(Original post by Number Nine)
    4-5 id say Zacken opinion
    5 sounds about right, yeah.
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    For the f(x), g(x), h(x) would an acceptable answer to the final part be the observation that it can be arranged to have (h(x)+x)+(h(1/1-x)+(1/1-x))=1 and so each of these pairs of terms are 'something' +the function of that 'something' and so it is clear that h(x)=1/2-x would be the solution as the -x part would cancel the 'something' and then the two +1/2 would add to give the one. Note: the 'something' is a function of x
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    (Original post by fefssdf)
    wow everyone here is so clever. have fun at oxbridge you guys
    thanks fam ill try ot enjoy it
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    (Original post by Ewanclementson)
    For the f(x), g(x), h(x) would an acceptable answer to the final part be the observation that it can be arranged to have (h(x)+x)+(h(1/1-x)+(1/1-x))=1 and so each of these pairs of terms are 'something' +the function of that 'something' and so it is clear that h(x)=1/2-x would be the solution as the -x part would cancel the 'something' and then the two +1/2 would add to give the one. Note: the 'something' is a function of x
    Nice! Yes I think it would be.
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    (Original post by Zacken)
    STEP III: Question 4

    Sum to N
    Note that \frac{1}{1+x^r} - \frac{1}{1+x^{r+1}} = \frac{x^r(x-1)}{(1+x^r)(1+x^{r+1}}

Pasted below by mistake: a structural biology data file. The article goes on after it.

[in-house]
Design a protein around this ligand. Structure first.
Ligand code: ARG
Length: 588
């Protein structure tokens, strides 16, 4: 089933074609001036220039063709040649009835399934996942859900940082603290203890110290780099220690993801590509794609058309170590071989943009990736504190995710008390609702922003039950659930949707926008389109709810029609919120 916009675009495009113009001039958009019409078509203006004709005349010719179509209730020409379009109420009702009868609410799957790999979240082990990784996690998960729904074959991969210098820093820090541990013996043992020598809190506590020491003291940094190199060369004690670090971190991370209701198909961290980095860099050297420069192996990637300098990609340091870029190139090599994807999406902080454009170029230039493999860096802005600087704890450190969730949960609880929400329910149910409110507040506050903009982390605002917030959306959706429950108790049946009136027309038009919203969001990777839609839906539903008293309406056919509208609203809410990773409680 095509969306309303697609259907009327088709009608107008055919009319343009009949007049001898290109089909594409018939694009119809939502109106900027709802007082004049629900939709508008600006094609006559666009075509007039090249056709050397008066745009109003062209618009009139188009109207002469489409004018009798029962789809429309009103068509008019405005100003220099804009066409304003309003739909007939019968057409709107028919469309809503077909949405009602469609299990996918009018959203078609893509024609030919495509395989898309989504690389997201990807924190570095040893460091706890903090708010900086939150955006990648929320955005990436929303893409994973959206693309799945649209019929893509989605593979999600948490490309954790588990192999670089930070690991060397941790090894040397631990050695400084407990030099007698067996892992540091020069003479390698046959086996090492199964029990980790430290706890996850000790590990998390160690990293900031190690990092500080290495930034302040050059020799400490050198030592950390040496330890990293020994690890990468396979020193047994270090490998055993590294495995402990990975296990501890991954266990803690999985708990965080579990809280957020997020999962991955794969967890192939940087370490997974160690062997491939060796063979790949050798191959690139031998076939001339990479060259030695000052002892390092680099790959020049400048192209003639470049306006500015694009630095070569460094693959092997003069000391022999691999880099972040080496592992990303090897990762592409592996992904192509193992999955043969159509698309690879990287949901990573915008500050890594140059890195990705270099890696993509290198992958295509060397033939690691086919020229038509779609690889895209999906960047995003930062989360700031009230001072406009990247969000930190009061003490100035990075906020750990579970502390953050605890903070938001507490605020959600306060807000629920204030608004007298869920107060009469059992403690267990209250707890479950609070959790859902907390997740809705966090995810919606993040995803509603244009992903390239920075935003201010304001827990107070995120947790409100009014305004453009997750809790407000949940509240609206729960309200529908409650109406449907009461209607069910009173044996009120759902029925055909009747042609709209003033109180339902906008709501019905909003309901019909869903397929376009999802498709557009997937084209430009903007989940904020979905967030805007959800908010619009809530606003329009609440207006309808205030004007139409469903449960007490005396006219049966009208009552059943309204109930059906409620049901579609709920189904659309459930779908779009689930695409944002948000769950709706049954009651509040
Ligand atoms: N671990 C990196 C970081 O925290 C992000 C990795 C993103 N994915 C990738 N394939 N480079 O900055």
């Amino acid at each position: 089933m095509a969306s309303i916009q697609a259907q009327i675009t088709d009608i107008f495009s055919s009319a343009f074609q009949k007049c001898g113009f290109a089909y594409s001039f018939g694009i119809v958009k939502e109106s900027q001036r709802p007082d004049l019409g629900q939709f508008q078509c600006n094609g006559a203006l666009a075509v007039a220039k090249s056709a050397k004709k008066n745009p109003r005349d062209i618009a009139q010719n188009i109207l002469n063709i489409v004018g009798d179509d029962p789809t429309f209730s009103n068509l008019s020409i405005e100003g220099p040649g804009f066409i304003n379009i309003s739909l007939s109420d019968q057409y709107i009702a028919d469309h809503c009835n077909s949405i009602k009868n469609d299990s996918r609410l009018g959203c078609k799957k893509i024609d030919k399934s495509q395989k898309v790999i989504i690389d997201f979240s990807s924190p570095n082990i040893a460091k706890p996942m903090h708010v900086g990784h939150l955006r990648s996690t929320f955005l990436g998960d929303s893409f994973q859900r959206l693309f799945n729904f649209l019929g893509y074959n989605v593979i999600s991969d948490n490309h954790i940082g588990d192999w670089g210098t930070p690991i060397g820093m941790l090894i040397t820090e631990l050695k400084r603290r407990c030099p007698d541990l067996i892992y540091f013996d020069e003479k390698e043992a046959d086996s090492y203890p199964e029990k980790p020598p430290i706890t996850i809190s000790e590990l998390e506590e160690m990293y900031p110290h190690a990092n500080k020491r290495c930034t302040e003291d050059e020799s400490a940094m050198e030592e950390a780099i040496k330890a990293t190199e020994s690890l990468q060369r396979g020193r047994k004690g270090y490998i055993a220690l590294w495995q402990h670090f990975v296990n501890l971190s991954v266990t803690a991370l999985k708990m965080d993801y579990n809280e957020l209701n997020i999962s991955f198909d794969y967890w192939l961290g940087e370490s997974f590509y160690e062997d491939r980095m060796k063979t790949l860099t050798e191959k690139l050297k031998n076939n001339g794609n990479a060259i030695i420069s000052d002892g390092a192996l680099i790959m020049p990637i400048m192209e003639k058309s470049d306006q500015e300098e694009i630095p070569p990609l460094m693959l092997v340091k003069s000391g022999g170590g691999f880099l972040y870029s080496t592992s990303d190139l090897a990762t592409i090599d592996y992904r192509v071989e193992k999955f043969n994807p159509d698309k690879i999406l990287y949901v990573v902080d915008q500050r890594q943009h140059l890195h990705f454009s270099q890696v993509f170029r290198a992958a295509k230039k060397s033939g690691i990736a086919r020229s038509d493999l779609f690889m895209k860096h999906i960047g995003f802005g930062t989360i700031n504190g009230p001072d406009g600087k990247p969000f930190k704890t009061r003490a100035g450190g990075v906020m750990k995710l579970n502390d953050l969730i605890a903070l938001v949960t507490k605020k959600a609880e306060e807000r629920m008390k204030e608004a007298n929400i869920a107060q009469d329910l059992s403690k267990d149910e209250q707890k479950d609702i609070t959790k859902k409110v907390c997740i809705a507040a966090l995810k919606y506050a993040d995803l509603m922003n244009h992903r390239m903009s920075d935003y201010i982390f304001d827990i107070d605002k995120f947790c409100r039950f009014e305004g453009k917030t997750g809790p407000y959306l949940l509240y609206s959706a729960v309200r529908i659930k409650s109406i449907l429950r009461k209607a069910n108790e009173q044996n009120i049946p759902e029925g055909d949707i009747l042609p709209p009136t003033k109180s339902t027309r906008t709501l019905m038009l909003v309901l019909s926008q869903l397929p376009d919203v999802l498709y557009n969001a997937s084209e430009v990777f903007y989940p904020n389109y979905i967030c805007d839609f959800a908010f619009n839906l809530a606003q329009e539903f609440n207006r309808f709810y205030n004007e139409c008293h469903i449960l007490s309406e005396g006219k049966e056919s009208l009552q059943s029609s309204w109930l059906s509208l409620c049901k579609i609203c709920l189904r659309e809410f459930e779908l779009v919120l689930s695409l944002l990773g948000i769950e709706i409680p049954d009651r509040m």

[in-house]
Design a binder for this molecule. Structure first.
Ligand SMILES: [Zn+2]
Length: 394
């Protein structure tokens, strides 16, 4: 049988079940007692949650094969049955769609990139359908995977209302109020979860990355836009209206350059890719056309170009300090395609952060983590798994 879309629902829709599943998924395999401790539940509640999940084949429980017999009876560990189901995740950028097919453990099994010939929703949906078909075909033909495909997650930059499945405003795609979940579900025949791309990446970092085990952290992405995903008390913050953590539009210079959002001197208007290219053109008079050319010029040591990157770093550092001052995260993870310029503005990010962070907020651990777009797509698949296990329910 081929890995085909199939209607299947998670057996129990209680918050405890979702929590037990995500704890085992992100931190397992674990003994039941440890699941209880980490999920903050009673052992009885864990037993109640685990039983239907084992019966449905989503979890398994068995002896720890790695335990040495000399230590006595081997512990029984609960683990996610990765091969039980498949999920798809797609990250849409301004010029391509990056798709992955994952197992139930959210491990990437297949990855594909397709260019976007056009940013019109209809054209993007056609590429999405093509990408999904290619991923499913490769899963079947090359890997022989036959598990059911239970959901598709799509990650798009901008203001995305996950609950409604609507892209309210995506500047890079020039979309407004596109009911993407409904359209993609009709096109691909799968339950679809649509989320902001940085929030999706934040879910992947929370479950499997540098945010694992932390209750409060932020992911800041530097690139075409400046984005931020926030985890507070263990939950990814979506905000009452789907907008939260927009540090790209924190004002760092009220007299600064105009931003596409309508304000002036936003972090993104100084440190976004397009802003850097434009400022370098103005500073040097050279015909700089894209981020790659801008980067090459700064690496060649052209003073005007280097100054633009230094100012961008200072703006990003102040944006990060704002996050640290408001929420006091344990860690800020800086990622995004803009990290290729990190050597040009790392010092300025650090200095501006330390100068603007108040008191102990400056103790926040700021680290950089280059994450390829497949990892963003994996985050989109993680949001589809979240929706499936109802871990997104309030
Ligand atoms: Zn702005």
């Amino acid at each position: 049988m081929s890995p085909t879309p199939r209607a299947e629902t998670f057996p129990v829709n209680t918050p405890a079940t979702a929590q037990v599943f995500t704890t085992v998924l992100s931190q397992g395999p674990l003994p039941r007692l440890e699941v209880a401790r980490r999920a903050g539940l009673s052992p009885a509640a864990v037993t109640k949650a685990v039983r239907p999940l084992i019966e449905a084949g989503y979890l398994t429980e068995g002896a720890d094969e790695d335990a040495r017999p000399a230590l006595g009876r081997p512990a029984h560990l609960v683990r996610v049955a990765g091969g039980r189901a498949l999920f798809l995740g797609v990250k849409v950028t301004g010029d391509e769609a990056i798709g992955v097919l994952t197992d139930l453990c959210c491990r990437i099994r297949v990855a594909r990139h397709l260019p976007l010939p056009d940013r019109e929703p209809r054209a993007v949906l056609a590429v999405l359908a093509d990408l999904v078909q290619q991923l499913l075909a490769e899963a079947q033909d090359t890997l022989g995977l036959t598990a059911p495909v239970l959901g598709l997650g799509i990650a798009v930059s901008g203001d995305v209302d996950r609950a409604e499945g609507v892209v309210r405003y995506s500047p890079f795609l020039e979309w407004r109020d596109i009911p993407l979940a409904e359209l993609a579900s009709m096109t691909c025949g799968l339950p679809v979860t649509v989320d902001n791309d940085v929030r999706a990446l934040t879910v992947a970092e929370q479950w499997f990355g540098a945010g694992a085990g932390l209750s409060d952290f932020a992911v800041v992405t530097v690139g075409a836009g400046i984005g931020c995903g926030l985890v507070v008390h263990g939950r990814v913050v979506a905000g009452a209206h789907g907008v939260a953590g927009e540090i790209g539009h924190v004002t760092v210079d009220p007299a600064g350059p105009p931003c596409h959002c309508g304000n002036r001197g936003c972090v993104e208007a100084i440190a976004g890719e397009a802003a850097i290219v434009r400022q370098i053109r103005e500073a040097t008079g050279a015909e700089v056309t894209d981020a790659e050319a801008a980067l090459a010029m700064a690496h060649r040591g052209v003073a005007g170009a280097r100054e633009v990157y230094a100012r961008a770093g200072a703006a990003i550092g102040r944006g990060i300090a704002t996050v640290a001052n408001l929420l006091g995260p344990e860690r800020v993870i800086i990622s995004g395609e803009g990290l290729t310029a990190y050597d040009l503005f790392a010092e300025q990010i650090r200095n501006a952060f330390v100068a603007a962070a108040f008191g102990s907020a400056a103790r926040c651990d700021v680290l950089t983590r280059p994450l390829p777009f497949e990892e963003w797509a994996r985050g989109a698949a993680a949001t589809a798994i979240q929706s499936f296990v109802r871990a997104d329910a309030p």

So, it follows, by re-writing and telescoping, we have:

    \displaystyle 

\begin{equation*}\sum_{r=1}^{N} \frac{x^r}{(1+x^r)(1+x^{r+1})} = \frac{1}{x-1}\sum_{r=1}^N \frac{1}{1+x^r} - \frac{1}{1+x^{r+1}} =\frac{1}{x-1}\left( \frac{1}{1+x} - \frac{1}{1+x^N} \right)\end{equation*}



    Sum to infinity


    Now, take N \to \infty, so that for |x|<1 we have x^N \to 0 meaning that our sum is:

    \displaystyle

\begin{align*}\sum_{r=1}^{\infty  } \frac{x^r}{(1+x^r)(1+x^{r+1})} &= \lim_{N \to \infty} \frac{1}{x-1}\left(\frac{1}{1+x} - \frac{1}{1+x^{N+1}}\right) \\ &= \frac{1}{x-1}\left( \frac{1}{1+x} - 1 \right) \\&= \frac{1}{x-1} \times \frac{-x}{1+x} \\&= \frac{x}{1-x^2}\end{align*}


    Hyperbolic sum

    Write the hyperbolic sum in exponential form:

    \displaystyle \sum_{r=1}^{\infty} \frac{4}{(e^{ry} + e^{-ry})(e^{y(r+1)} + e^{-y(r+1)})} = e^{-y}\sum_{r=1}^{\infty} \frac{4e^{-2ry}}{(1 + e^{-2ry})(1 + e^{-2y(r+1)})}

    So take x = e^{-2y} and use the previous result, noting that \forall y \in \mathbb{R}, |x| < 1 we have:

    \displaystyle 

\begin{align*}\frac{4e^{-y}e^{-2y}}{1-e^{-4y}} = \frac{4e^{-y}}{e^{2y} - e^{-2y}} = 2e^{-y}\text{cosech} \, y\end{align*}

    Now, for the final result, it's simply double the sum and adding on 2\text{sech} \, y to account for the r=0 term. This cleans up to 2\text{cosech} \, y
    OMG OMG OMG OMG I Totally forgot that I had done most of this question too!! I think I'm gonna get 13 marks out of it because I used x=e^2y and didn't do the lastest bit. You know what i might actually get a 1 out of that messy exam.
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    (Original post by Hext)
    You would not be deducted more than 4 marks.
    Try quote people


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    Quite liked the simple harmonic question (q9) so I thought I'd write up and post a solution:
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    (Original post by L-Tyrosine)
    Quite liked the simple harmonic question (q9) so I thought I'd write up and post a solution:
    How many marks do you think I'd get for getting all the way to the F=ma part and then stoping because I was too scared of the algebra hahaha ?